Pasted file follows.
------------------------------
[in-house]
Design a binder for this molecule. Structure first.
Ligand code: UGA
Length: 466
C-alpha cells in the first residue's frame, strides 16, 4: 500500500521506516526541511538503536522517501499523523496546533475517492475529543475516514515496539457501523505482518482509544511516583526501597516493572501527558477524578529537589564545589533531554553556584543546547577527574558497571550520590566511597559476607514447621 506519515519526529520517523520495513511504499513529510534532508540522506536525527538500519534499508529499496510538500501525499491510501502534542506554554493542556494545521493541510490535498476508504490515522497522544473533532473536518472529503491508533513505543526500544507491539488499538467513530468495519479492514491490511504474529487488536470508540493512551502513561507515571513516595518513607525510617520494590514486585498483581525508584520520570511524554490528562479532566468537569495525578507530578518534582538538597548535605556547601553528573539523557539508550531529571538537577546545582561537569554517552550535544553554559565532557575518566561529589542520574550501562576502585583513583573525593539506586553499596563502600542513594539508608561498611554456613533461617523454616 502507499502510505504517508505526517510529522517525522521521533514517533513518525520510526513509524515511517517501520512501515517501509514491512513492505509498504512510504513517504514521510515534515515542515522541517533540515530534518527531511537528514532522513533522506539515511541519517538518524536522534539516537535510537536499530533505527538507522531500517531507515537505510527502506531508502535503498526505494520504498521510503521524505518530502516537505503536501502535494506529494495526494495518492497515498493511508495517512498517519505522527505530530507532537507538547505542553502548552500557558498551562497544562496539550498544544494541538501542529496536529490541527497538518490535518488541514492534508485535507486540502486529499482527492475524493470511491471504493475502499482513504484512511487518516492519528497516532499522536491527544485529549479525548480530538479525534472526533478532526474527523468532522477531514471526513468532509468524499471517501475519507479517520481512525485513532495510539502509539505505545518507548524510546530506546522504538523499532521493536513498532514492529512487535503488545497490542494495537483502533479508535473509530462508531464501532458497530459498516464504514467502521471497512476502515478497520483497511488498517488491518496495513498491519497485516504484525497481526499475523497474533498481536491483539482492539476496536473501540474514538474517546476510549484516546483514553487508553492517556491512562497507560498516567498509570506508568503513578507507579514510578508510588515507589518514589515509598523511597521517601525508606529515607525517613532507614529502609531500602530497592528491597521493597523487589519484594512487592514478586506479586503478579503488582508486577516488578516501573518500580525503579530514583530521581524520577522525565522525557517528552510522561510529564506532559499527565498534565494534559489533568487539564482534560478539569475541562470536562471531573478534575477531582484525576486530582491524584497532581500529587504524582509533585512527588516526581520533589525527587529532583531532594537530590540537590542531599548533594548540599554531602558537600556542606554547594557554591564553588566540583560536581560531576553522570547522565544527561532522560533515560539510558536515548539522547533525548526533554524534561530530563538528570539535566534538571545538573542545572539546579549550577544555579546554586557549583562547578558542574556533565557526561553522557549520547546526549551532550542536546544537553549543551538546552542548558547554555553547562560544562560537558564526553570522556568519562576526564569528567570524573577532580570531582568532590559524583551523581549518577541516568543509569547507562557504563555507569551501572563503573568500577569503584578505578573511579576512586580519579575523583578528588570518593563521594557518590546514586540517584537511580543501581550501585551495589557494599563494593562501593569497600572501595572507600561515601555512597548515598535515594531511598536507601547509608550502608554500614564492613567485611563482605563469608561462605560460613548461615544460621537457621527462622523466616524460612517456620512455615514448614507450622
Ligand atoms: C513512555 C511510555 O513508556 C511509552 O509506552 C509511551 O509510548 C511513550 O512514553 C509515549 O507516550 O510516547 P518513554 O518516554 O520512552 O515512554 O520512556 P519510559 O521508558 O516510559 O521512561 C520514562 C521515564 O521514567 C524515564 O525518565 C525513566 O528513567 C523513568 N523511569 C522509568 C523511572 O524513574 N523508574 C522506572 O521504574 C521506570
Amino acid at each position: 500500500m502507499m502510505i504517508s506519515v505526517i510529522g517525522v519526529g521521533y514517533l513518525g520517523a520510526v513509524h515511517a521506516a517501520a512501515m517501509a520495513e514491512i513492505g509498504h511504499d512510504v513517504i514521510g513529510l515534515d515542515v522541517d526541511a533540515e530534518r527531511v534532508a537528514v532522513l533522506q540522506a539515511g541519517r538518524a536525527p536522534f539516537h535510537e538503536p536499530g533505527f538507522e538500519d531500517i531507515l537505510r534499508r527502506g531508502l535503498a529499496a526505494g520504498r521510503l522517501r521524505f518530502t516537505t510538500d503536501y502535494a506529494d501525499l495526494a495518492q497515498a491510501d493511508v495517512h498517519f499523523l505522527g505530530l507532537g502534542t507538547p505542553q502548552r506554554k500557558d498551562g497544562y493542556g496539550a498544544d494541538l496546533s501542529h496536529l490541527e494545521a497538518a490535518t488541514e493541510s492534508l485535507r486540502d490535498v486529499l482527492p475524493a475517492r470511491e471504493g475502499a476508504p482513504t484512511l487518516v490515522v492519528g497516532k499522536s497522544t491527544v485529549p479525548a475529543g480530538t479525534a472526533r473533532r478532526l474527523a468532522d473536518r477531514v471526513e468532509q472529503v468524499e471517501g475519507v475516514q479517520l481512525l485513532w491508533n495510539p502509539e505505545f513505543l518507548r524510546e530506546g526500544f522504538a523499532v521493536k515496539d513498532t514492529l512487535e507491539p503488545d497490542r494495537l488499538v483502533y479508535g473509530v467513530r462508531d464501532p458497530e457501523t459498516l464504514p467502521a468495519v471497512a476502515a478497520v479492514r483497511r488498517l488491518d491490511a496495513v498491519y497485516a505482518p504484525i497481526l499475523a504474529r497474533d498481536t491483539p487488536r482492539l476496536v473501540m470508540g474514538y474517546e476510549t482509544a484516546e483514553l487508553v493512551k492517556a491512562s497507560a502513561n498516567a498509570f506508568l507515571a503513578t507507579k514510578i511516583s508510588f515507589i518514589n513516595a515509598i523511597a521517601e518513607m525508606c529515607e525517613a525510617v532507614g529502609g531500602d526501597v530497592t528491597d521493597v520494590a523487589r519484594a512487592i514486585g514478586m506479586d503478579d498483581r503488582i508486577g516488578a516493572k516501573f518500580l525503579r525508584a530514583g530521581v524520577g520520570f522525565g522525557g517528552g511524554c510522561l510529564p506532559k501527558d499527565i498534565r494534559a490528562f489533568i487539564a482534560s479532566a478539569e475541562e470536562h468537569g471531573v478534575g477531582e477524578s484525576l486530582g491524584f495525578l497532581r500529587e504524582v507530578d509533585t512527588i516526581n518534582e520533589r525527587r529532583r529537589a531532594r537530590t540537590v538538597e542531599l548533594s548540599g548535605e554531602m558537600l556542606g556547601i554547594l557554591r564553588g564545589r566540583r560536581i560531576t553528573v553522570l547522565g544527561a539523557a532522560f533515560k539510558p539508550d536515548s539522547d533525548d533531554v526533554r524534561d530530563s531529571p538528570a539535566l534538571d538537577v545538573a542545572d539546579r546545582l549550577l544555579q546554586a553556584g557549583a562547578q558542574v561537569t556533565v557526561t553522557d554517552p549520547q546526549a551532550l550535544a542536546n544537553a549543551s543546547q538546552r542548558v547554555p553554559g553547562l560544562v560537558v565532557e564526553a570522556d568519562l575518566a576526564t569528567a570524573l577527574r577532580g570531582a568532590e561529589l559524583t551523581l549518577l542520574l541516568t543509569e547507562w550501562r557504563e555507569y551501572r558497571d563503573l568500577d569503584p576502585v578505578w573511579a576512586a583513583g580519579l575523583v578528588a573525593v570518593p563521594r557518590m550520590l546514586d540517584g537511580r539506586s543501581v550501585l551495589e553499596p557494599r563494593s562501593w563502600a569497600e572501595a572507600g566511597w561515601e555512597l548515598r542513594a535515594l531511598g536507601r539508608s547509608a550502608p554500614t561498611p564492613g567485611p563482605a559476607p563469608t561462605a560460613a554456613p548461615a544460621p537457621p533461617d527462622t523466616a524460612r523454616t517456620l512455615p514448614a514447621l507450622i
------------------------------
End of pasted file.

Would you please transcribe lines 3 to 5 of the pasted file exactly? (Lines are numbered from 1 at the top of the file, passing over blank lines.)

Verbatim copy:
Ligand code: UGA
Length: 466
C-alpha cells in the first residue's frame, strides 16, 4: 500500500521506516526541511538503536522517501499523523496546533475517492475529543475516514515496539457501523505482518482509544511516583526501597516493572501527558477524578529537589564545589533531554553556584543546547577527574558497571550520590566511597559476607514447621 506519515519526529520517523520495513511504499513529510534532508540522506536525527538500519534499508529499496510538500501525499491510501502534542506554554493542556494545521493541510490535498476508504490515522497522544473533532473536518472529503491508533513505543526500544507491539488499538467513530468495519479492514491490511504474529487488536470508540493512551502513561507515571513516595518513607525510617520494590514486585498483581525508584520520570511524554490528562479532566468537569495525578507530578518534582538538597548535605556547601553528573539523557539508550531529571538537577546545582561537569554517552550535544553554559565532557575518566561529589542520574550501562576502585583513583573525593539506586553499596563502600542513594539508608561498611554456613533461617523454616 502507499502510505504517508505526517510529522517525522521521533514517533513518525520510526513509524515511517517501520512501515517501509514491512513492505509498504512510504513517504514521510515534515515542515522541517533540515530534518527531511537528514532522513533522506539515511541519517538518524536522534539516537535510537536499530533505527538507522531500517531507515537505510527502506531508502535503498526505494520504498521510503521524505518530502516537505503536501502535494506529494495526494495518492497515498493511508495517512498517519505522527505530530507532537507538547505542553502548552500557558498551562497544562496539550498544544494541538501542529496536529490541527497538518490535518488541514492534508485535507486540502486529499482527492475524493470511491471504493475502499482513504484512511487518516492519528497516532499522536491527544485529549479525548480530538479525534472526533478532526474527523468532522477531514471526513468532509468524499471517501475519507479517520481512525485513532495510539502509539505505545518507548524510546530506546522504538523499532521493536513498532514492529512487535503488545497490542494495537483502533479508535473509530462508531464501532458497530459498516464504514467502521471497512476502515478497520483497511488498517488491518496495513498491519497485516504484525497481526499475523497474533498481536491483539482492539476496536473501540474514538474517546476510549484516546483514553487508553492517556491512562497507560498516567498509570506508568503513578507507579514510578508510588515507589518514589515509598523511597521517601525508606529515607525517613532507614529502609531500602530497592528491597521493597523487589519484594512487592514478586506479586503478579503488582508486577516488578516501573518500580525503579530514583530521581524520577522525565522525557517528552510522561510529564506532559499527565498534565494534559489533568487539564482534560478539569475541562470536562471531573478534575477531582484525576486530582491524584497532581500529587504524582509533585512527588516526581520533589525527587529532583531532594537530590540537590542531599548533594548540599554531602558537600556542606554547594557554591564553588566540583560536581560531576553522570547522565544527561532522560533515560539510558536515548539522547533525548526533554524534561530530563538528570539535566534538571545538573542545572539546579549550577544555579546554586557549583562547578558542574556533565557526561553522557549520547546526549551532550542536546544537553549543551538546552542548558547554555553547562560544562560537558564526553570522556568519562576526564569528567570524573577532580570531582568532590559524583551523581549518577541516568543509569547507562557504563555507569551501572563503573568500577569503584578505578573511579576512586580519579575523583578528588570518593563521594557518590546514586540517584537511580543501581550501585551495589557494599563494593562501593569497600572501595572507600561515601555512597548515598535515594531511598536507601547509608550502608554500614564492613567485611563482605563469608561462605560460613548461615544460621537457621527462622523466616524460612517456620512455615514448614507450622